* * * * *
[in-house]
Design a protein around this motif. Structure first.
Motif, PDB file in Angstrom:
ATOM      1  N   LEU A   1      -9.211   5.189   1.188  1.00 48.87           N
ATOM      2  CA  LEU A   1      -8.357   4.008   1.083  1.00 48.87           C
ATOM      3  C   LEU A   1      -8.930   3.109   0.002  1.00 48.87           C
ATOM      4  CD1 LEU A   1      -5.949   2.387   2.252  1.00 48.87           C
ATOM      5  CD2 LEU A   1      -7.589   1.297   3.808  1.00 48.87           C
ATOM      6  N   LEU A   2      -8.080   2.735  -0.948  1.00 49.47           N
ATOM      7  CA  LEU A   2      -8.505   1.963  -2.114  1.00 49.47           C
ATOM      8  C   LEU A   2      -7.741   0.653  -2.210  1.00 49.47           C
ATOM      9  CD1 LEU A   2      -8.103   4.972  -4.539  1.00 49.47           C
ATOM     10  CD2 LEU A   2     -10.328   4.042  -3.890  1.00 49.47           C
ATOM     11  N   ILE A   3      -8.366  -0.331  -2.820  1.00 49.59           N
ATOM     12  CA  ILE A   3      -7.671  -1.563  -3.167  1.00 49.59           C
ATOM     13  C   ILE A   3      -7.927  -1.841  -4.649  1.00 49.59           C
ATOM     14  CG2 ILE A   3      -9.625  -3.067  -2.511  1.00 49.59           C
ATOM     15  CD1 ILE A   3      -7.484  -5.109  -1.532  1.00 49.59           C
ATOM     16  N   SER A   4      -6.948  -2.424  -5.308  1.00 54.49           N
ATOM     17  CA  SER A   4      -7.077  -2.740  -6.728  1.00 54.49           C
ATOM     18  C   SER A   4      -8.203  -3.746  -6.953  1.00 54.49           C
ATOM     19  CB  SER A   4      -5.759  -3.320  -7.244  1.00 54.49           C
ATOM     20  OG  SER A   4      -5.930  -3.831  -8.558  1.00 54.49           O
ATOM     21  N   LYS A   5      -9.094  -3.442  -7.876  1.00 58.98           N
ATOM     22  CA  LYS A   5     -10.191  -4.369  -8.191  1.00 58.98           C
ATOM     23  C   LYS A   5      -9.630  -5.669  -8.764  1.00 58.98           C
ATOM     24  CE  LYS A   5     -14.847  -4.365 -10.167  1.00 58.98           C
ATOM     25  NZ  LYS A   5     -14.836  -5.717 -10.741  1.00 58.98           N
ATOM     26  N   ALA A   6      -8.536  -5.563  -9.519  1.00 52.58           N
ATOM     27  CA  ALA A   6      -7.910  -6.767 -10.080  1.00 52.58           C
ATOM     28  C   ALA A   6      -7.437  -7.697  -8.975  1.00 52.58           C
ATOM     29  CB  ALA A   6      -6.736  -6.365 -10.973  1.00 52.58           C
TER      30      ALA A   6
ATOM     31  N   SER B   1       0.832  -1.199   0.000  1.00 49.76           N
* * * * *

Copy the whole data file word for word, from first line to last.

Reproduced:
[in-house]
Design a protein around this motif. Structure first.
Motif, PDB file in Angstrom:
ATOM      1  N   LEU A   1      -9.211   5.189   1.188  1.00 48.87           N
ATOM      2  CA  LEU A   1      -8.357   4.008   1.083  1.00 48.87           C
ATOM      3  C   LEU A   1      -8.930   3.109   0.002  1.00 48.87           C
ATOM      4  CD1 LEU A   1      -5.949   2.387   2.252  1.00 48.87           C
ATOM      5  CD2 LEU A   1      -7.589   1.297   3.808  1.00 48.87           C
ATOM      6  N   LEU A   2      -8.080   2.735  -0.948  1.00 49.47           N
ATOM      7  CA  LEU A   2      -8.505   1.963  -2.114  1.00 49.47           C
ATOM      8  C   LEU A   2      -7.741   0.653  -2.210  1.00 49.47           C
ATOM      9  CD1 LEU A   2      -8.103   4.972  -4.539  1.00 49.47           C
ATOM     10  CD2 LEU A   2     -10.328   4.042  -3.890  1.00 49.47           C
ATOM     11  N   ILE A   3      -8.366  -0.331  -2.820  1.00 49.59           N
ATOM     12  CA  ILE A   3      -7.671  -1.563  -3.167  1.00 49.59           C
ATOM     13  C   ILE A   3      -7.927  -1.841  -4.649  1.00 49.59           C
ATOM     14  CG2 ILE A   3      -9.625  -3.067  -2.511  1.00 49.59           C
ATOM     15  CD1 ILE A   3      -7.484  -5.109  -1.532  1.00 49.59           C
ATOM     16  N   SER A   4      -6.948  -2.424  -5.308  1.00 54.49           N
ATOM     17  CA  SER A   4      -7.077  -2.740  -6.728  1.00 54.49           C
ATOM     18  C   SER A   4      -8.203  -3.746  -6.953  1.00 54.49           C
ATOM     19  CB  SER A   4      -5.759  -3.320  -7.244  1.00 54.49           C
ATOM     20  OG  SER A   4      -5.930  -3.831  -8.558  1.00 54.49           O
ATOM     21  N   LYS A   5      -9.094  -3.442  -7.876  1.00 58.98           N
ATOM     22  CA  LYS A   5     -10.191  -4.369  -8.191  1.00 58.98           C
ATOM     23  C   LYS A   5      -9.630  -5.669  -8.764  1.00 58.98           C
ATOM     24  CE  LYS A   5     -14.847  -4.365 -10.167  1.00 58.98           C
ATOM     25  NZ  LYS A   5     -14.836  -5.717 -10.741  1.00 58.98           N
ATOM     26  N   ALA A   6      -8.536  -5.563  -9.519  1.00 52.58           N
ATOM     27  CA  ALA A   6      -7.910  -6.767 -10.080  1.00 52.58           C
ATOM     28  C   ALA A   6      -7.437  -7.697  -8.975  1.00 52.58           C
ATOM     29  CB  ALA A   6      -6.736  -6.365 -10.973  1.00 52.58           C
TER      30      ALA A   6
ATOM     31  N   SER B   1       0.832  -1.199   0.000  1.00 49.76           N